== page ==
Adults with cerebral palsy are about twice as likely to develop cardiovascular and chronic respiratory disease compared to adults without cerebral palsy according to a study led by RCSI,
The study, led by Dr Jennifer Ryan at RCSI with Brunel University London, compared 1,700 adults with cerebral palsy and 5,000 adults without cerebral palsy to identify how many developed non-infectious diseases, such as asthma or stroke. The research was published in Neurology.
Patients with cerebral palsy were overall 75% more likely to have a non-communicable disease. After adjusting for other variables, the study also found that adults with cerebral palsy were around twice as likely to develop cardiovascular and chronic respiratory disease, such as asthma, but not more likely to develop diabetes or cancer.
Adults with cerebral palsy were specifically 2.6 times more likely to develop heart failure, 5.5 times more likely to have a stroke, 2.2 times more likely to develop asthma, 1.6 times more likely to develop hypertension and 2.3 times more likely to develop ischaemic heart disease.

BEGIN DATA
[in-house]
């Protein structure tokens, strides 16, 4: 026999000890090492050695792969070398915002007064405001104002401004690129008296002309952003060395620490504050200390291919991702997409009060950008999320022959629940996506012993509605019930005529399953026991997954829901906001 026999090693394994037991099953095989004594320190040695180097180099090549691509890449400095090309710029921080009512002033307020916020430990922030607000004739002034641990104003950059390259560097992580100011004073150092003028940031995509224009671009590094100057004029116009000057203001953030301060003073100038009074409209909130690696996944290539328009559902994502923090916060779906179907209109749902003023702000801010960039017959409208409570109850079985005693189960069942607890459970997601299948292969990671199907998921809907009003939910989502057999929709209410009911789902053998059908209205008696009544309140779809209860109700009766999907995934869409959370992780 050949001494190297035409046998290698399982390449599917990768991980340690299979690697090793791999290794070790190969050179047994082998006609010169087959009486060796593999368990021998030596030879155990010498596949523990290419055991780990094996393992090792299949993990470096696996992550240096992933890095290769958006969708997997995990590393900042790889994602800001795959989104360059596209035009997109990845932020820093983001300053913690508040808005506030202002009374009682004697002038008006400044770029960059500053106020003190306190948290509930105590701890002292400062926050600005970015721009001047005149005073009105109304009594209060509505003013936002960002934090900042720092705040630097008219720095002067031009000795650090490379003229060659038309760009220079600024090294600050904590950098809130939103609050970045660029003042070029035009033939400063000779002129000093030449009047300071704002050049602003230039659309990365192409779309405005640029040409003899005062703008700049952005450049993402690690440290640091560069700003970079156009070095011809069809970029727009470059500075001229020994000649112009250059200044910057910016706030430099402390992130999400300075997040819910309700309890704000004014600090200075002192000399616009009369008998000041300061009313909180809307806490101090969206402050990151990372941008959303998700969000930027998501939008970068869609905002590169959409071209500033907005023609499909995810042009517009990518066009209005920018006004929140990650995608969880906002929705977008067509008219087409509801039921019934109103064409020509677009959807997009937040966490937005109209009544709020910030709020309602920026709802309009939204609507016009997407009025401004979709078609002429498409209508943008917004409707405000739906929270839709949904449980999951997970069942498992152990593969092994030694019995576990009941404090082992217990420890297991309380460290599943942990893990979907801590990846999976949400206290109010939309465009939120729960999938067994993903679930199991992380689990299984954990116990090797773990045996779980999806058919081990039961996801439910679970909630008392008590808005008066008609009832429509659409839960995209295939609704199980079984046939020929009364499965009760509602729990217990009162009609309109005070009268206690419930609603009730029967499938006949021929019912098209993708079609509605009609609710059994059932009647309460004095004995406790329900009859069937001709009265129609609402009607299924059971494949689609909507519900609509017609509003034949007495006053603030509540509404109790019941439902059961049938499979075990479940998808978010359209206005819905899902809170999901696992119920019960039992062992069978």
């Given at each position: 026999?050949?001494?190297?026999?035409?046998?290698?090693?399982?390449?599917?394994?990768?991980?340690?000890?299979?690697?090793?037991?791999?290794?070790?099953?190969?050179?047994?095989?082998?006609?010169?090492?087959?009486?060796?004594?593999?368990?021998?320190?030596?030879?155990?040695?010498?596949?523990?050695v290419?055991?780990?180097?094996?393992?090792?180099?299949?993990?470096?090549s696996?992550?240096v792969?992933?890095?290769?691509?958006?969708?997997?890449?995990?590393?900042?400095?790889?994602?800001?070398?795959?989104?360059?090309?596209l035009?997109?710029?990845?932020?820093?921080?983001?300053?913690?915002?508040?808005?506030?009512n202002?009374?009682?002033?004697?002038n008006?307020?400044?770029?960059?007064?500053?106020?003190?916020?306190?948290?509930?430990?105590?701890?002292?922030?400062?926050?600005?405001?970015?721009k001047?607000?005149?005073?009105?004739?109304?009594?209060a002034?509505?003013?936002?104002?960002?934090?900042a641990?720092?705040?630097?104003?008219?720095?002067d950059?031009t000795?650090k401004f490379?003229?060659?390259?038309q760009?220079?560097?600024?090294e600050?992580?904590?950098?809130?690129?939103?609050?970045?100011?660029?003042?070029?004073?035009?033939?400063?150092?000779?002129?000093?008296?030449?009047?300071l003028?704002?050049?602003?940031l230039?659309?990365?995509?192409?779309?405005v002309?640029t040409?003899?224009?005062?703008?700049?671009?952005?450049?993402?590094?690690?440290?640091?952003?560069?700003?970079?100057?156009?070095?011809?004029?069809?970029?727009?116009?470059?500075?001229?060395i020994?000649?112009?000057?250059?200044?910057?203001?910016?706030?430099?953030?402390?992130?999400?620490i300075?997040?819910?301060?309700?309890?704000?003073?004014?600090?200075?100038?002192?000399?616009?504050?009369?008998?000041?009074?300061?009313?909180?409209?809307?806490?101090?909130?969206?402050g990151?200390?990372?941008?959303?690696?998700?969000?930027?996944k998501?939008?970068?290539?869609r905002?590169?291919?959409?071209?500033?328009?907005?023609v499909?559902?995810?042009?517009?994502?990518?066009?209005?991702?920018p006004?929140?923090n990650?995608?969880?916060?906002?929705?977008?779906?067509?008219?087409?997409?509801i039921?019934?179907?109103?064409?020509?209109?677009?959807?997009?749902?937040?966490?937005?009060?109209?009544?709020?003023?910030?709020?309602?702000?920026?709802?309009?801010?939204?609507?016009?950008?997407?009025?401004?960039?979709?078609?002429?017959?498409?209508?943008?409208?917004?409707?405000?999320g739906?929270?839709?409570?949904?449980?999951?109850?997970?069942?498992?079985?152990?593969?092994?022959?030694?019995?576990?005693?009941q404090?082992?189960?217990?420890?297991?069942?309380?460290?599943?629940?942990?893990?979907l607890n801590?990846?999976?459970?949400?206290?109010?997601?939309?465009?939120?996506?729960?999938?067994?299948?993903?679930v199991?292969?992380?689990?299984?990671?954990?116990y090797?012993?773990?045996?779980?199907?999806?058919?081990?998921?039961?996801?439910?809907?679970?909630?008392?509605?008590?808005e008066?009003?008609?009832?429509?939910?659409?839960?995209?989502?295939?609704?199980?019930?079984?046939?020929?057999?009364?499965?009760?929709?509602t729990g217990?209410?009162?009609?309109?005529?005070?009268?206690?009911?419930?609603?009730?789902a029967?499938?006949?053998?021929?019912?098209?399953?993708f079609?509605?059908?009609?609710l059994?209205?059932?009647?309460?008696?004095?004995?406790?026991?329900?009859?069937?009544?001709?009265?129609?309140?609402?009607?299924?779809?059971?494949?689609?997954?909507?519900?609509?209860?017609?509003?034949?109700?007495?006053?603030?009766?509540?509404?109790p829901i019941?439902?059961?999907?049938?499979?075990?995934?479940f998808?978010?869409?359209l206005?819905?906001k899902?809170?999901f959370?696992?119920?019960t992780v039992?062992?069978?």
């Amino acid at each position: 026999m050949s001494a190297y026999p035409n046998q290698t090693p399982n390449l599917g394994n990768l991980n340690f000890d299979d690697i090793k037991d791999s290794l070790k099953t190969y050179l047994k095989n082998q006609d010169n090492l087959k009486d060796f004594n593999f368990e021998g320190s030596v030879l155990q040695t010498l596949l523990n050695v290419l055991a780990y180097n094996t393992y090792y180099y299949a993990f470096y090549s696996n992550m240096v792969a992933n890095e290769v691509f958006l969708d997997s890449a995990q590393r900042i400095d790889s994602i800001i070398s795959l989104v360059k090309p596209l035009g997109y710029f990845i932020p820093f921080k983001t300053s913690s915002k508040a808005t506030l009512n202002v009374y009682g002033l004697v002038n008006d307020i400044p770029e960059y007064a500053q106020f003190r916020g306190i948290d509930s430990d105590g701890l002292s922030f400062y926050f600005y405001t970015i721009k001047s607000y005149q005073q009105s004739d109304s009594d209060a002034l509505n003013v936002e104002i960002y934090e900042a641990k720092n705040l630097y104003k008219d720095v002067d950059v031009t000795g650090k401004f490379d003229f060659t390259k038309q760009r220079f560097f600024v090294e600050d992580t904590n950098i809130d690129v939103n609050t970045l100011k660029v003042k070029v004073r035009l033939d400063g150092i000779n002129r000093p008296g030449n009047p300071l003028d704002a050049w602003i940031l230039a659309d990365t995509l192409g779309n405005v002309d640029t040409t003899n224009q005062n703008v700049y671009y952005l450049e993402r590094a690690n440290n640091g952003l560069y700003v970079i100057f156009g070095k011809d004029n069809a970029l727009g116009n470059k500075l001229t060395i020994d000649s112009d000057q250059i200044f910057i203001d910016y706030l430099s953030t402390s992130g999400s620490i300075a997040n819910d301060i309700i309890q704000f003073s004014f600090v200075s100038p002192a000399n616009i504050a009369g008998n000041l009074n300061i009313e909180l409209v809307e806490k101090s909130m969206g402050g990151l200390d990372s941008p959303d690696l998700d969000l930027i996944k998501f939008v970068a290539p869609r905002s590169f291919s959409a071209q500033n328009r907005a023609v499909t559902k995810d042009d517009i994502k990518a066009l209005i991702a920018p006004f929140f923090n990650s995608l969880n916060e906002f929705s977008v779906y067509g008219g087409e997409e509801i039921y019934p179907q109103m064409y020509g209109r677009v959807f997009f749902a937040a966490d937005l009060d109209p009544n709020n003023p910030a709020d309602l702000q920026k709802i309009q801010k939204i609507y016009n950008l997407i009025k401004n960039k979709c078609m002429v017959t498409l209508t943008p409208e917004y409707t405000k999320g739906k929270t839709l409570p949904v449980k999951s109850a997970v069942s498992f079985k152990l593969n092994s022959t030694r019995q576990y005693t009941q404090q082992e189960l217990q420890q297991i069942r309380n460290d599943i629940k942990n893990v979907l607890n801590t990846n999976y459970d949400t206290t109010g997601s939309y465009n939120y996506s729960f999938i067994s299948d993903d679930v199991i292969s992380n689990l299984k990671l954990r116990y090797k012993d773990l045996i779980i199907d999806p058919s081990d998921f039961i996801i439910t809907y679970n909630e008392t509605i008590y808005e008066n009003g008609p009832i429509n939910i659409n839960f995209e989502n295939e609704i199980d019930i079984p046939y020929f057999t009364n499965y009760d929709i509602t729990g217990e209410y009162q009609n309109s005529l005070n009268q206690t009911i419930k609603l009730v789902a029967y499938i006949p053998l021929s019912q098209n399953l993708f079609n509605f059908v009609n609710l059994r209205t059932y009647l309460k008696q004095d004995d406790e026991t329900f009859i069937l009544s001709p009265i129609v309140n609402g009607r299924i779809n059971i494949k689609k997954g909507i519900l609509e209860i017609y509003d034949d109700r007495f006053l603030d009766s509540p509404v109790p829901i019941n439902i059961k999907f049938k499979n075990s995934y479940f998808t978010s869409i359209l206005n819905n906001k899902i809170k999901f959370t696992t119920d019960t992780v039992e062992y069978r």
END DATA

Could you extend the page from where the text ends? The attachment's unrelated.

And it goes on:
Globally, approximately 17 million people have cerebral palsy. Although cerebral palsy was historically considered a paediatric condition, the majority of children with cerebral palsy now survive into adulthood and many adults with cerebral palsy have a near-normal life expectancy. Cerebral palsy is not a progressive condition. However, at least a quarter of young adults report that their ability to walk gets worse, which may contribute to the development of chronic health conditions.
The study was funded by the Brunel University London Research Catalyst Fund, and it involved collaborators from Brunel University London, University of Michigan-Medicine, London School of Hygiene and Tropical Medicine, Aberdeen Royal Infirmary, Hospital Clinico San Carlos, University of Surrey and Queen Mary University London.
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